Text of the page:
ATLANTA -- If you file a lawsuit, probate a will, get a traffic ticket or break a law, you will help pay the costs of providing lawyers for poor people under a bill that lawmakers are considering in the special session starting Monday.
The legislation they have been called back to Atlanta to address would impose additional fees and fines on most everyone who uses the court system - voluntarily or involuntarily.
The money would help finance the state's overhaul of its indigent defense system.
Got a lawsuit to file? That will be an extra $15. Hit with a fine? You'll pay an extra 10 percent. The amount to be collected from all those litigants or lawbreakers is supposed to add up to about $57 million a year.
It's far from the first time the state has used "add-on" fees or fines to pay for something it couldn't afford to fund from the general treasury. Since 1950, 21 such fees or fines have been adopted to help finance state and local programs.
There are add-on fees and fines which put a little more financial muscle into the retirement fund for superior court clerks, probate court judges and local sheriffs. Other fees and fines support county law libraries, law enforcement training, drug abuse education, victim assistance programs and a fund for those who have suffered brain and spinal cord injuries.
Many of the fees and fines apply only to specific people.
Only those who have been convicted of driving under the influence, for example, pay the 10 percent add-on fine that generates about $1.5 million a year for the Georgia Brain and Spinal Injury Trust Fund. The fund, in turn, makes grants of up to $5,000 to those who have suffered traumatic injury and exhausted other fund sources.
At least six other fees and fines also are applied to DUI convictions, according to a 2001 study by the State Auditor, who found that when all the extra costs were added on, a $400 initial fine for a first DUI offense actually translated into a $525 bite out of the culprit's wallet.
The new indigent defense fees and fines will support the state's most serious effort to date to provide adequate legal representation to poor people accused of crimes. Currently, it is paying about $9 million a year, roughly 10 percent of the cost, while local governments absorb the rest.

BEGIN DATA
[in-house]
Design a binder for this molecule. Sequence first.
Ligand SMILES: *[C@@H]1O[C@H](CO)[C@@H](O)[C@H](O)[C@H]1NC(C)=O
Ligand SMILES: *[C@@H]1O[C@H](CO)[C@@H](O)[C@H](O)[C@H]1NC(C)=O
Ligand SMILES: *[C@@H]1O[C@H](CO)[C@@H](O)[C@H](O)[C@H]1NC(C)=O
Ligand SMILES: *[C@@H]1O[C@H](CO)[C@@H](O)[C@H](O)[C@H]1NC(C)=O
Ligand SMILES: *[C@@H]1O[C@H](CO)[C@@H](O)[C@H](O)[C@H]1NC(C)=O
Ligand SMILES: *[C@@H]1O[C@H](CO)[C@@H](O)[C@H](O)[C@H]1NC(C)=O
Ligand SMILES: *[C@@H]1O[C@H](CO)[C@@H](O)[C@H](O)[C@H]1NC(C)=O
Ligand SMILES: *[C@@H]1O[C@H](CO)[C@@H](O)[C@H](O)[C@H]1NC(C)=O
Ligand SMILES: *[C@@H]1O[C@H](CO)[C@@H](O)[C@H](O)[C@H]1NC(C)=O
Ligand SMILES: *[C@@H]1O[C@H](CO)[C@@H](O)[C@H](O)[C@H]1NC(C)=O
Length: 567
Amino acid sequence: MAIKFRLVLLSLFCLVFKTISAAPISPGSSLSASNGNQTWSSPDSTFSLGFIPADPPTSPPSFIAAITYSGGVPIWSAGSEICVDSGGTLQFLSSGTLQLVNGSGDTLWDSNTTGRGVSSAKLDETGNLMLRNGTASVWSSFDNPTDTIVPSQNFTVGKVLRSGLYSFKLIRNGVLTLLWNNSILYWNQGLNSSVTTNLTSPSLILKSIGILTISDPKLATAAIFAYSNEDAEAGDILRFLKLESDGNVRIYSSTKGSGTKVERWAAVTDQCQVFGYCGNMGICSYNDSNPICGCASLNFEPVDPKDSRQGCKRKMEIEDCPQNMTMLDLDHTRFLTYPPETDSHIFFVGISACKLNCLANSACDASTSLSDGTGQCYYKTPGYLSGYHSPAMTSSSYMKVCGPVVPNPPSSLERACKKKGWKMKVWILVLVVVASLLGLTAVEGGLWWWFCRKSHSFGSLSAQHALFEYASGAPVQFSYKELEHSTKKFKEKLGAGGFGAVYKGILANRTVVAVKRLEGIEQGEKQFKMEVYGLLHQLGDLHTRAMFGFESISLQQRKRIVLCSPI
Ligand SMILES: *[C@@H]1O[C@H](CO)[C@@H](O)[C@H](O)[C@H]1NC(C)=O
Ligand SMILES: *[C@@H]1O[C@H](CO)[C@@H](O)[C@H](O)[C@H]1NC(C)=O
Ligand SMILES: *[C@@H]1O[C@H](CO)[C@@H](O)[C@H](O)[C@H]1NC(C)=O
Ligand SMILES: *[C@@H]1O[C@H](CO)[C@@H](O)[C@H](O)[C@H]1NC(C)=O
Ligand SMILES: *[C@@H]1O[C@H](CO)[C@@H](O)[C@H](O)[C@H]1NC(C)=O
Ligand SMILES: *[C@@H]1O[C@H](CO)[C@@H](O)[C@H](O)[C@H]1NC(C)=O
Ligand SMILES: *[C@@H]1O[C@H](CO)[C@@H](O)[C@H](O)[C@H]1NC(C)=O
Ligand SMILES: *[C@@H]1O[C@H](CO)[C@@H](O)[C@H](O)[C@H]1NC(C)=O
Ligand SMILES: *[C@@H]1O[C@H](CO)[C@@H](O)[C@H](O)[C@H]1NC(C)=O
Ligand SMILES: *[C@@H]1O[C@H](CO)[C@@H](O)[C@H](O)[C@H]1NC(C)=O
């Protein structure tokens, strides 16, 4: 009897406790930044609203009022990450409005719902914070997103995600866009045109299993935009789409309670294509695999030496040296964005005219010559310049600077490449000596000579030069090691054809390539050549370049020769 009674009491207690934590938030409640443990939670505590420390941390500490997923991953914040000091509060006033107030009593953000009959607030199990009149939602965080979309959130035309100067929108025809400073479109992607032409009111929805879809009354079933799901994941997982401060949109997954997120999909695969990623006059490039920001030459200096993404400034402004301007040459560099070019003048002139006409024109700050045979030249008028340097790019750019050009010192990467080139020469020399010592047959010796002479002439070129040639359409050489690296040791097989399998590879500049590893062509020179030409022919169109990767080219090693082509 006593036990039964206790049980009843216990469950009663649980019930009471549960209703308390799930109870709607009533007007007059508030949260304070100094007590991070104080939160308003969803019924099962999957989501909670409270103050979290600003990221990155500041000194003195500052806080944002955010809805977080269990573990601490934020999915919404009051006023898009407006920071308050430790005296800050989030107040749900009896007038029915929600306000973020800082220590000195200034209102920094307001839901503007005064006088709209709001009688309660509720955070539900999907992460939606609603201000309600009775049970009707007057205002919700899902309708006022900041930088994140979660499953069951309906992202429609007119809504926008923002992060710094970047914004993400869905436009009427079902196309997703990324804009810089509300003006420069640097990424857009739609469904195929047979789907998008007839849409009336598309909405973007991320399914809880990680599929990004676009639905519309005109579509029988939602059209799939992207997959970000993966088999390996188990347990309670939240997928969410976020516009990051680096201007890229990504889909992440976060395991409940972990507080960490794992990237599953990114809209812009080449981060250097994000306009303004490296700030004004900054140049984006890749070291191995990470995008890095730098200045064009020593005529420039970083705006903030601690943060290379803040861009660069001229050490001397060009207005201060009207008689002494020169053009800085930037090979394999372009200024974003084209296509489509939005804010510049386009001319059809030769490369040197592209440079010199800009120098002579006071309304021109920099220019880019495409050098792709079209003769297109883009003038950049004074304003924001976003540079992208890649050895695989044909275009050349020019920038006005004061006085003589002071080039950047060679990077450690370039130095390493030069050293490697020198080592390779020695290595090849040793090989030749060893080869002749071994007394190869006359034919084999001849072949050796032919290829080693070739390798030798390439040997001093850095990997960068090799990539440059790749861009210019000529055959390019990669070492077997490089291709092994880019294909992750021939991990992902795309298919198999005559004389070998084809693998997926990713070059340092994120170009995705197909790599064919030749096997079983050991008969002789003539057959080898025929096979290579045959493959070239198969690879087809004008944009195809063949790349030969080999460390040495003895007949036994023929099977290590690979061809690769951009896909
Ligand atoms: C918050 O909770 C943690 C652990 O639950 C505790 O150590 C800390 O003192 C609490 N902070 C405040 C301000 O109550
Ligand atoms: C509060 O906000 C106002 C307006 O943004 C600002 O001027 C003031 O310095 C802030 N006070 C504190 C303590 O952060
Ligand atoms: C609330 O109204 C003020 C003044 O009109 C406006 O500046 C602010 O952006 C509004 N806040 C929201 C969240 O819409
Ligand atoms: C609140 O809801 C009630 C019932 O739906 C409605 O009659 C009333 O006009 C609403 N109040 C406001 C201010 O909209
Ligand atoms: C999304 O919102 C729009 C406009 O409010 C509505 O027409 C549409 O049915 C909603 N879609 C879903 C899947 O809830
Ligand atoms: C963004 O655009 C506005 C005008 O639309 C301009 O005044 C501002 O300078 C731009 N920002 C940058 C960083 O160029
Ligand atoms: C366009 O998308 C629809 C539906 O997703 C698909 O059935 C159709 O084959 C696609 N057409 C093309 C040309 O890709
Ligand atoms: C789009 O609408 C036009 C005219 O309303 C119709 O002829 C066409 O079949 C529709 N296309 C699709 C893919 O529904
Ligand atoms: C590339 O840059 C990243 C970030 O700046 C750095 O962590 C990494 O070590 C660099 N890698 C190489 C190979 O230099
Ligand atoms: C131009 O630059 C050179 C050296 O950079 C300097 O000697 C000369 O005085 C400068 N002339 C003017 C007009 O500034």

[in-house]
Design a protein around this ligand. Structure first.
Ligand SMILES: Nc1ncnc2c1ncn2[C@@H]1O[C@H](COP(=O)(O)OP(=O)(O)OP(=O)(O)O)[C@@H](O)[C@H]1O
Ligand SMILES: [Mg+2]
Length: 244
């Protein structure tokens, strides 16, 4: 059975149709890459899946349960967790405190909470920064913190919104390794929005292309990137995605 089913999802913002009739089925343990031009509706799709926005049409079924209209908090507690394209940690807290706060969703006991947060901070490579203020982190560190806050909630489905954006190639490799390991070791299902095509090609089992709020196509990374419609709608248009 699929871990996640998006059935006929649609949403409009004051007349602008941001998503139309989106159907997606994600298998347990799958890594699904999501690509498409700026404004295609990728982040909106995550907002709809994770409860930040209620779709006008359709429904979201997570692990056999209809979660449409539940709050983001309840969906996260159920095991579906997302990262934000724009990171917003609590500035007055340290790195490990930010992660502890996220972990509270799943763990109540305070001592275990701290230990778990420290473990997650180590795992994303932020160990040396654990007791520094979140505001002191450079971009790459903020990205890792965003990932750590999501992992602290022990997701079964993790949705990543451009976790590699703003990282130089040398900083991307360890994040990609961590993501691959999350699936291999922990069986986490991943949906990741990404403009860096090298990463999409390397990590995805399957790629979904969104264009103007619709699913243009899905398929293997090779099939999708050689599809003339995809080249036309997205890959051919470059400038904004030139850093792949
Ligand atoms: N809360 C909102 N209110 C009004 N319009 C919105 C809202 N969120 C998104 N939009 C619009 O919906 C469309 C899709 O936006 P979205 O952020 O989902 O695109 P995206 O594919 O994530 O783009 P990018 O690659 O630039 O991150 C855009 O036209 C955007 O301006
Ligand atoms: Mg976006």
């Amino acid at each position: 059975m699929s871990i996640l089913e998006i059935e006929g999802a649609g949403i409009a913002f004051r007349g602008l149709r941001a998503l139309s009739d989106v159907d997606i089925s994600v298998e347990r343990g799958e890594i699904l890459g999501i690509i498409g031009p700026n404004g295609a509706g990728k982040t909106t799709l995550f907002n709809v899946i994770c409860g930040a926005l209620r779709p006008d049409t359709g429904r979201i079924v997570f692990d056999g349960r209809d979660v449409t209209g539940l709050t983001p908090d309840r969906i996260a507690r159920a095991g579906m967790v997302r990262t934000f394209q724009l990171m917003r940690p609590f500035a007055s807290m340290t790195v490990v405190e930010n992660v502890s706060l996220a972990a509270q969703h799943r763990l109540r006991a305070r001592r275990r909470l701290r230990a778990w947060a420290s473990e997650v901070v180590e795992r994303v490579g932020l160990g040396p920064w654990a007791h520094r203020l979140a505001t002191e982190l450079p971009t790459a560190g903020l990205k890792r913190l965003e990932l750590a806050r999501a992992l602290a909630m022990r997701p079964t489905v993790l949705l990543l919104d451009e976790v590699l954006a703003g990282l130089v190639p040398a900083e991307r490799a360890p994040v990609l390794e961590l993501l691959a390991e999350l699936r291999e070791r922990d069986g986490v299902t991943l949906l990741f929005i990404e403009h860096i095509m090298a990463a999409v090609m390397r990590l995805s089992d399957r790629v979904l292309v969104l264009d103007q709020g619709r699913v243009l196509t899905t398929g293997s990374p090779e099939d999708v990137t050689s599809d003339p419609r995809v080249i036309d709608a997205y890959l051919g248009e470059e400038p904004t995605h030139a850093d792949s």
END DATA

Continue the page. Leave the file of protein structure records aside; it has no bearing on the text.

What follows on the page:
Legislation approved last year with broad bipartisan support creates a statewide public defender system to replace a hodgepodge system condemned as "grossly unfair" by a state Supreme Court commission.
Lawmakers were supposed to fund the new program in the regular session that ended April 7, but talks collapsed in the final hours and the measure failed to pass. However, lawmakers did manage to pass a budget which counted on the additional $57 million from the new fines and fees as part of the state's revenue stream.
Moments after adjournment, Gov. Sonny Perdue declared lawmakers had left the budget unbalanced by failing to approve the new fines and fees, and said he would call them back to town to correct the problem. Monday's special session is the result of that.
The legislation didn't pass during the regular session because of dispute between Perdue, a Republican, and Democratic leaders of the House over control of the purse strings.
Perdue wanted language added declaring that the governor could review and change the budget for indigent defense programs in Georgia before submitting it to the Legislature.
Under current law, the governor has no power to change judicial budget requests but must pass them along to the Legislature exactly as submitted by the courts. The Legislature is under no such restriction.
Perdue contends the courts have been padding their budgets for years and that House Democrats have then redirected the money to their own special projects.
House Democrats, who balked at Perdue's demand for more budget power, claimed he wanted to usurp the power of the courts and was threatening judicial independence.
The governor's office since has countered that 30 other states allow the governor to amend judicial budget requests.
The dispute seems to have been worked out ahead of the session, meaning there likely will be little controversy over the bill when lawmakers come to town. That will leave them mostly marking time to comply with the rules that dictate how bills are passed. The shortest possible time is five days, and that is their goal.
Under terms of the settlement announced by Perdue last week, language will be added to the bill that will strictly limit how quickly the budget for indigent defense can grow from year to year.
He won't get the power to change the budget for indigent defense, but he'll get an early look at the recommendation and can add any comments he wants to make when he submits the request to the Legislature.
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